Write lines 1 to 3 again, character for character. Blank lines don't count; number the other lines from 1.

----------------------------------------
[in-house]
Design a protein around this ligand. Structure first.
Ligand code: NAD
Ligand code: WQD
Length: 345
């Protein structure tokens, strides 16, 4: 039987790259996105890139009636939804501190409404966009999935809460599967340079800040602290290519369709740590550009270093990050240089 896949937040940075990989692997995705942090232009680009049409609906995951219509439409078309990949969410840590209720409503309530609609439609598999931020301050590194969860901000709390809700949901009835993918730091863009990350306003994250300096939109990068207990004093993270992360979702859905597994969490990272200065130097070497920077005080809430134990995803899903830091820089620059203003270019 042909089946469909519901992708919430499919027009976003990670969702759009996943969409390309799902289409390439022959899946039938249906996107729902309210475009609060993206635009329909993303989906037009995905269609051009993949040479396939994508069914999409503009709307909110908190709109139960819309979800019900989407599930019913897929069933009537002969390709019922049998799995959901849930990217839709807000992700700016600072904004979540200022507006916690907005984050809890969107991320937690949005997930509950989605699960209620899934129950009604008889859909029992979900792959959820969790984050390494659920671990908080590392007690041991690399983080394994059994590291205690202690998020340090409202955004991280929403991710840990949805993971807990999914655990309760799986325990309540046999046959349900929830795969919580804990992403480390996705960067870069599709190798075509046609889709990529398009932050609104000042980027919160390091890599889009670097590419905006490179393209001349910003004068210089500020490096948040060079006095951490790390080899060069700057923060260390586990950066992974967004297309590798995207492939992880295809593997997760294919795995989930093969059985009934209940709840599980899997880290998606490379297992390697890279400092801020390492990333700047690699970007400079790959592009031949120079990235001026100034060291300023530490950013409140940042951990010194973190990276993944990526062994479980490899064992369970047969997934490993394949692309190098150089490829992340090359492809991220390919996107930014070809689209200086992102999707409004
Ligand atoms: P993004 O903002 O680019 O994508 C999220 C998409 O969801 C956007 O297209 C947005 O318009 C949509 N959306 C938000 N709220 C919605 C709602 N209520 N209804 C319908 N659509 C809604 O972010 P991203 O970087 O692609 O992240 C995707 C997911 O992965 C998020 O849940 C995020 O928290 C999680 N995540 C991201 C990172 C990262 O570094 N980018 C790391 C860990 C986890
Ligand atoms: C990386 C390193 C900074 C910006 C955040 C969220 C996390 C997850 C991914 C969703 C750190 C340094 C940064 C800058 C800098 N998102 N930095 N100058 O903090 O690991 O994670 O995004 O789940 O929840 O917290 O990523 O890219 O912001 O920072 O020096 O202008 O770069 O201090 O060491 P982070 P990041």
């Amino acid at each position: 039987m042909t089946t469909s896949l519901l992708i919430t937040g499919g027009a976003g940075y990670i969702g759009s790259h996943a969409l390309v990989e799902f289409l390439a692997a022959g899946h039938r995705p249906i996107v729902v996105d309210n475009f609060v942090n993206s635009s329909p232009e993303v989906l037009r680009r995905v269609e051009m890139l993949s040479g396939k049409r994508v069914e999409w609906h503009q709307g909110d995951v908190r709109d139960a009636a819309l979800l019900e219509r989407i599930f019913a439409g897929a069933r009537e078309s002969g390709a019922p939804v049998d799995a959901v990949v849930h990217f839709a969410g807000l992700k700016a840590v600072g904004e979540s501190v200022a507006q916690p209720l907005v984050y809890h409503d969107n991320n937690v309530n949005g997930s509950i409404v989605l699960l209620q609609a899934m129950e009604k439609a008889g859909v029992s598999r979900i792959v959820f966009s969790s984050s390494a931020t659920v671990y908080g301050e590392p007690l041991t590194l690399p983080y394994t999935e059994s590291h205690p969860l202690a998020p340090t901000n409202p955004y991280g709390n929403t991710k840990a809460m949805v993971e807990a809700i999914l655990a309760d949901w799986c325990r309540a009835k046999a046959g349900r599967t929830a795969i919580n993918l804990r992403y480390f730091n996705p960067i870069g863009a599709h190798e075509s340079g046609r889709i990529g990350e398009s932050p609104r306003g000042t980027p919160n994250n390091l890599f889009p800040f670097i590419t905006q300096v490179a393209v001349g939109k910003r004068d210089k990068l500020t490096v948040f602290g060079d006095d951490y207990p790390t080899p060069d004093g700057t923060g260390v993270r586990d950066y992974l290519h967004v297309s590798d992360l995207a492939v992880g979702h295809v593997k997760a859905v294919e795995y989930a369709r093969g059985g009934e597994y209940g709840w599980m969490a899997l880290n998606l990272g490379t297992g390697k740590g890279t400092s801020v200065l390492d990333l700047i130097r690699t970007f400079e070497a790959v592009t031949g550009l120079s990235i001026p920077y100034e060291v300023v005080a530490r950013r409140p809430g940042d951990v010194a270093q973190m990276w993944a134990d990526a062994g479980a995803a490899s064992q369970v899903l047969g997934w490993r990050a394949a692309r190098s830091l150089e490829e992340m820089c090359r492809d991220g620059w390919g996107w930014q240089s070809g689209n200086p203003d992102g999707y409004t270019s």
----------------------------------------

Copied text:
[in-house]
Design a protein around this ligand. Structure first.
Ligand code: NAD